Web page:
Iran has secured an €8-billion credit line from South Korea's Eximbank, the Islamic republic's biggest loan deal since its 2015 nuclear accord, the Iranian central bank announced on Thursday, August 24, 2017.
"The biggest contract since the atomic accord was signed with South Korea's Eximbank today for the amount of €8 billion (RM40.39 billion)," said central bank governor Valiollah Seif, in a statement carried by state news agency Irna.
A spokesman for South Korea's export credit bank, contacted by AFP, said the deal would finance projects in Iran by companies from the Asian country.
"We started signing with Iranian banks a framework agreement today. We did it with three Iranian banks today and will do so with nine other Iran banks in the coming week to complete the agreement," he said.
"Under the agreement, Eximbank will provide an €8-billion credit line for those banks so that they can help finance various projects in Iran that are awarded to South Korean companies," said the bank spokesman.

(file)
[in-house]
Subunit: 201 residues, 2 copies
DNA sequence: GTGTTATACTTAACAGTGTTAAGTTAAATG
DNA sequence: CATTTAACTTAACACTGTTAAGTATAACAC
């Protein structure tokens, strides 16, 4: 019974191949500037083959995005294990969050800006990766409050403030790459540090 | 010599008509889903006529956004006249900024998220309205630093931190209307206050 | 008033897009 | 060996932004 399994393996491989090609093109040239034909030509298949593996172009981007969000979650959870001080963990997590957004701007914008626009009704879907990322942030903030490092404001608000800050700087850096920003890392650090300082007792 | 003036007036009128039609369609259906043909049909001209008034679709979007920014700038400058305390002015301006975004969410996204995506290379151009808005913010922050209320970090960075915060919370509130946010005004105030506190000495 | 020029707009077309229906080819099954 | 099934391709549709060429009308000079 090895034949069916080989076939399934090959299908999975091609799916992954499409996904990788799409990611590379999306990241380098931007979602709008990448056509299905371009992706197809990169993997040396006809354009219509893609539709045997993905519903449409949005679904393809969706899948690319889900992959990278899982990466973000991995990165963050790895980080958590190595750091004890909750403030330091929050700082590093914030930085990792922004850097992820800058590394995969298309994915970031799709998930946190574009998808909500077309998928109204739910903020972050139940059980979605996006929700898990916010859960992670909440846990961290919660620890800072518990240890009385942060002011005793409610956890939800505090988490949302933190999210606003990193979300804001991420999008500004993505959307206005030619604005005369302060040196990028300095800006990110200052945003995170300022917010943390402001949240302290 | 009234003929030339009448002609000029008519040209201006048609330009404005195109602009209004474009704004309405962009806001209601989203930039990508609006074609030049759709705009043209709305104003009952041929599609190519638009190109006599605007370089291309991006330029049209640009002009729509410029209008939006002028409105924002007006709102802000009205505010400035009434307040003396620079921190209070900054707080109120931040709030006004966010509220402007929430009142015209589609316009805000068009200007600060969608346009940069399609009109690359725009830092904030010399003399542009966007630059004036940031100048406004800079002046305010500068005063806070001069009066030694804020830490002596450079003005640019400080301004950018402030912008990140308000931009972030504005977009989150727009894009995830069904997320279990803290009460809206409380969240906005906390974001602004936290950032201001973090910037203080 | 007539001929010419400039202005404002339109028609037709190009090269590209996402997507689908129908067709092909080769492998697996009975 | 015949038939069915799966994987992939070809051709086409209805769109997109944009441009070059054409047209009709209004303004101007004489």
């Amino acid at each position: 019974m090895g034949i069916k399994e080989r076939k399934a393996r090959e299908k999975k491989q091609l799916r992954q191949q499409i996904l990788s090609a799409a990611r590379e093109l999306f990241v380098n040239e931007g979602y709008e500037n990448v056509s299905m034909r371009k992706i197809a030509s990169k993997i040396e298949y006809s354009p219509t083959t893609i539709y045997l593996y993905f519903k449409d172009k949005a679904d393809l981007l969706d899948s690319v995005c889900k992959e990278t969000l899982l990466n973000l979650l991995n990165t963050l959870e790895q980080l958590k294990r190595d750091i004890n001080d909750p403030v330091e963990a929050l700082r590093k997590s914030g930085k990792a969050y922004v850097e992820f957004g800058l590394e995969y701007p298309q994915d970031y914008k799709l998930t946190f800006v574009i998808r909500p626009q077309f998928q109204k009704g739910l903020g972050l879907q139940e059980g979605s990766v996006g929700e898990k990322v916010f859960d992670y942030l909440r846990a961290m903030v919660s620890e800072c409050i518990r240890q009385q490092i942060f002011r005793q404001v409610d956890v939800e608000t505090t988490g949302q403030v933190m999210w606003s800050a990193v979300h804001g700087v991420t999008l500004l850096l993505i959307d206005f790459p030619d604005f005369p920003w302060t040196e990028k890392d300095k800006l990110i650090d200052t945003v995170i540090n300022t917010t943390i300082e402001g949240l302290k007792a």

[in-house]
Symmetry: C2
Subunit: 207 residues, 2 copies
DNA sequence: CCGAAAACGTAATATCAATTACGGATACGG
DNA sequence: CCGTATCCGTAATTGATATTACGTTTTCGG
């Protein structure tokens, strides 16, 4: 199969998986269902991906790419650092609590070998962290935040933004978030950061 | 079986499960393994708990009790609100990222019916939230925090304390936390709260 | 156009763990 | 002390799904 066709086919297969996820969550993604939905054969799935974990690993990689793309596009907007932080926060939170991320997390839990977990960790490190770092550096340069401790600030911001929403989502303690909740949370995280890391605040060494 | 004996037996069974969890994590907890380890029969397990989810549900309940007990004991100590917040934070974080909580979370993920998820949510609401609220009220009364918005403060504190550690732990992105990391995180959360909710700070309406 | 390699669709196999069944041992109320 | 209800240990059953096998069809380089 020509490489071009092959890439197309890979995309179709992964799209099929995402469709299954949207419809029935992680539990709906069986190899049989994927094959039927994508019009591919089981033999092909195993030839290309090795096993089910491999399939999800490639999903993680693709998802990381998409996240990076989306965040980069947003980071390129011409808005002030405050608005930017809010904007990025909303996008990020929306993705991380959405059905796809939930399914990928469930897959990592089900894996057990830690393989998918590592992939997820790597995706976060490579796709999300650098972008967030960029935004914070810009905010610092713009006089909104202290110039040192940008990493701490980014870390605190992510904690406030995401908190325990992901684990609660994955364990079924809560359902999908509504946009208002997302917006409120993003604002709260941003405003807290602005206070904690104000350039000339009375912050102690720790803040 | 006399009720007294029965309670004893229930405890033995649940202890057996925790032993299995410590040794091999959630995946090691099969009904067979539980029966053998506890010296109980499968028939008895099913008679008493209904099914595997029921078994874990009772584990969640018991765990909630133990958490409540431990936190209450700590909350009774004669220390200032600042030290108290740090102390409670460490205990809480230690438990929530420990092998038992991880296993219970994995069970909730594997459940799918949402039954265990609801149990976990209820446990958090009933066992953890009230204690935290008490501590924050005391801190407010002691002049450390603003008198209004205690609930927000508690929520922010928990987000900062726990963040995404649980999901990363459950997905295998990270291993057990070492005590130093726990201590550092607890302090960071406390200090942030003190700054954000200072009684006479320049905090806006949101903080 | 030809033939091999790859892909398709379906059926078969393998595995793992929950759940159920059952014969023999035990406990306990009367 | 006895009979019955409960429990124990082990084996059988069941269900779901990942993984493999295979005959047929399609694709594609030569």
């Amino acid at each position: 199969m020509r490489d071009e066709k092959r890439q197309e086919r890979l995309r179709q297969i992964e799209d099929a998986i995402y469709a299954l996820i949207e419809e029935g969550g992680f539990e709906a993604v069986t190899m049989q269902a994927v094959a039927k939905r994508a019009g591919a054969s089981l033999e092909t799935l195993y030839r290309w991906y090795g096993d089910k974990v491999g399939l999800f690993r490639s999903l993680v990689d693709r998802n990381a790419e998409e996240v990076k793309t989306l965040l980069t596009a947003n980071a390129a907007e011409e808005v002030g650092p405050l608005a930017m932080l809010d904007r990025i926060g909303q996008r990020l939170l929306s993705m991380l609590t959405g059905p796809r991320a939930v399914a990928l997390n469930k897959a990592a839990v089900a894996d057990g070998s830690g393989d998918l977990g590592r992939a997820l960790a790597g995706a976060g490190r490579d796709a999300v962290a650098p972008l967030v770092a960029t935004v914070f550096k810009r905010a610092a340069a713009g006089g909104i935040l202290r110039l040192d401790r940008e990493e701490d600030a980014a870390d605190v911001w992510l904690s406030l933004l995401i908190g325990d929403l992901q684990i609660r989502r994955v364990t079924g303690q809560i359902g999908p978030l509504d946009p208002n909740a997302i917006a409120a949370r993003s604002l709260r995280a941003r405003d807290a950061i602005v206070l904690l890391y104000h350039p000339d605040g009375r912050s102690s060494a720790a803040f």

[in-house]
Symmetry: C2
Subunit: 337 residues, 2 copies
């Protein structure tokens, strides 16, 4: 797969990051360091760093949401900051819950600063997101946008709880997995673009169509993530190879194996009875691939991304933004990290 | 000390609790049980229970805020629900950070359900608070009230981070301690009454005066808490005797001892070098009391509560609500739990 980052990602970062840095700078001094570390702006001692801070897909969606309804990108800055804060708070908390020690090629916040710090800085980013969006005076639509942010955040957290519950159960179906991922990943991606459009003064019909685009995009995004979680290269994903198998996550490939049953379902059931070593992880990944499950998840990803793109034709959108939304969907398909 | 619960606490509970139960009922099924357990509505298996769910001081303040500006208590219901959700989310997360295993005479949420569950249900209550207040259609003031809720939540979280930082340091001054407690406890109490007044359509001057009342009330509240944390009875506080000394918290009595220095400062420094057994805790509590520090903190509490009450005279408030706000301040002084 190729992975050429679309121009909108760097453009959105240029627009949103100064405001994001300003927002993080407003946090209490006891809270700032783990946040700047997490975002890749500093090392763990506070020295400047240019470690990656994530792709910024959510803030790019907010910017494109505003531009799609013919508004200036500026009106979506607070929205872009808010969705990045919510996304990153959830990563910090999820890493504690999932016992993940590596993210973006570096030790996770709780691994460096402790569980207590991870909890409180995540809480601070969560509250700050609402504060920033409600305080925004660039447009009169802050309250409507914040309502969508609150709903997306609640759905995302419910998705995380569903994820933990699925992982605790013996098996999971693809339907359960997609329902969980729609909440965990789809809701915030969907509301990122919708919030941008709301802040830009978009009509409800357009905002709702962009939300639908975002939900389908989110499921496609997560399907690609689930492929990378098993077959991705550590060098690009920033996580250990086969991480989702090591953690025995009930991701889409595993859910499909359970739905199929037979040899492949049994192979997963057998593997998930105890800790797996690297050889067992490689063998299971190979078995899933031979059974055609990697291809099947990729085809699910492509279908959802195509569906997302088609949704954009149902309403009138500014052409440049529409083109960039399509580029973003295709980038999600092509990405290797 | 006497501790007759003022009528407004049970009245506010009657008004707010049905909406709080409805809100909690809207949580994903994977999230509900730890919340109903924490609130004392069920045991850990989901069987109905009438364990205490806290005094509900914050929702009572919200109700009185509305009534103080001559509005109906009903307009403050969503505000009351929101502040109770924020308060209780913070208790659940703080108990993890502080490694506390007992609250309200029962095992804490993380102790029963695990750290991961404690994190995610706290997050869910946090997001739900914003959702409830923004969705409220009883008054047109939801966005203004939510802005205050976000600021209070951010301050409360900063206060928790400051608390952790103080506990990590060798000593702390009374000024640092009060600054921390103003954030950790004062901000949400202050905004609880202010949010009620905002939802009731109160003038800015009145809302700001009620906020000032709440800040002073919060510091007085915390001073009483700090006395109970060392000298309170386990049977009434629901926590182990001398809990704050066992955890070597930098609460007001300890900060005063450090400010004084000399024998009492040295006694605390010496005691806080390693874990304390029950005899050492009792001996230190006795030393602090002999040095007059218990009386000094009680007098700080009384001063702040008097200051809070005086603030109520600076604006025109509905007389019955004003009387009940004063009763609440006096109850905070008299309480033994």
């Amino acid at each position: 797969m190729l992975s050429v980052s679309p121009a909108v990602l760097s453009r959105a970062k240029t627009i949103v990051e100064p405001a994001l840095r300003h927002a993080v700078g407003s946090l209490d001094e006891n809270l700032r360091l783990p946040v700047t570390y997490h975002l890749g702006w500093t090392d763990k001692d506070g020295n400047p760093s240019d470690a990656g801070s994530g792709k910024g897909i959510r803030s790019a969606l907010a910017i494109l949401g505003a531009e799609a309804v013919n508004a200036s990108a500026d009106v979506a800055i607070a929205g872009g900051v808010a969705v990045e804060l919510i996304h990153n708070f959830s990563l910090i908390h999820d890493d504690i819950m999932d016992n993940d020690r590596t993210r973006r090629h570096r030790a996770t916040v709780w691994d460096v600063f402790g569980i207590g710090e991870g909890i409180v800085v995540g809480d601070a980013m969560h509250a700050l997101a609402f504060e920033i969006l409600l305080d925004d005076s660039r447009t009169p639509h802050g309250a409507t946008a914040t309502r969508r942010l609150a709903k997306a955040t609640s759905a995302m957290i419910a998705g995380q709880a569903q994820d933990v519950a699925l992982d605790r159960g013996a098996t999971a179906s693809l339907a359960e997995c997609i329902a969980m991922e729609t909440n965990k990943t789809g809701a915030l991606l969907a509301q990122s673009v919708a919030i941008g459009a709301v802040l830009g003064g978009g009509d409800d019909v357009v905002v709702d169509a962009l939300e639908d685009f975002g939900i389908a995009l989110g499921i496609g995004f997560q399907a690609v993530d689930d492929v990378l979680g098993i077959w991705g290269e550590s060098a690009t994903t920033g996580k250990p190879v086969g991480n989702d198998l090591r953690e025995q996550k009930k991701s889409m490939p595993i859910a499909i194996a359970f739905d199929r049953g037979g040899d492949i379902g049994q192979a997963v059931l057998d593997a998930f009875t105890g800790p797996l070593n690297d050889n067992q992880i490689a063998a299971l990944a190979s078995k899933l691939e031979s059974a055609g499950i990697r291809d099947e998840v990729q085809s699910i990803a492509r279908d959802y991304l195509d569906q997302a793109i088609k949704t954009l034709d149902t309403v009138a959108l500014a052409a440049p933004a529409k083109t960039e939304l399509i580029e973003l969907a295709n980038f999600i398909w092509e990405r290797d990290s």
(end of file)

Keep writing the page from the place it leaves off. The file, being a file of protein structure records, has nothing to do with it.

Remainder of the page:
Seif said the loan would facilitate "several development and production projects", and it showed the international community was ready to restore "long-term" banking ties with Iran.
With the Eximbank agreement sealed, "I hope we will be able to announce more good news in the days and months ahead," said Seif.
Iran's President Hassan Rouhani says the country, a major oil producer, needs massive foreign investment to revive its economy and combat its high unemployment, officially estimated at 12.7%.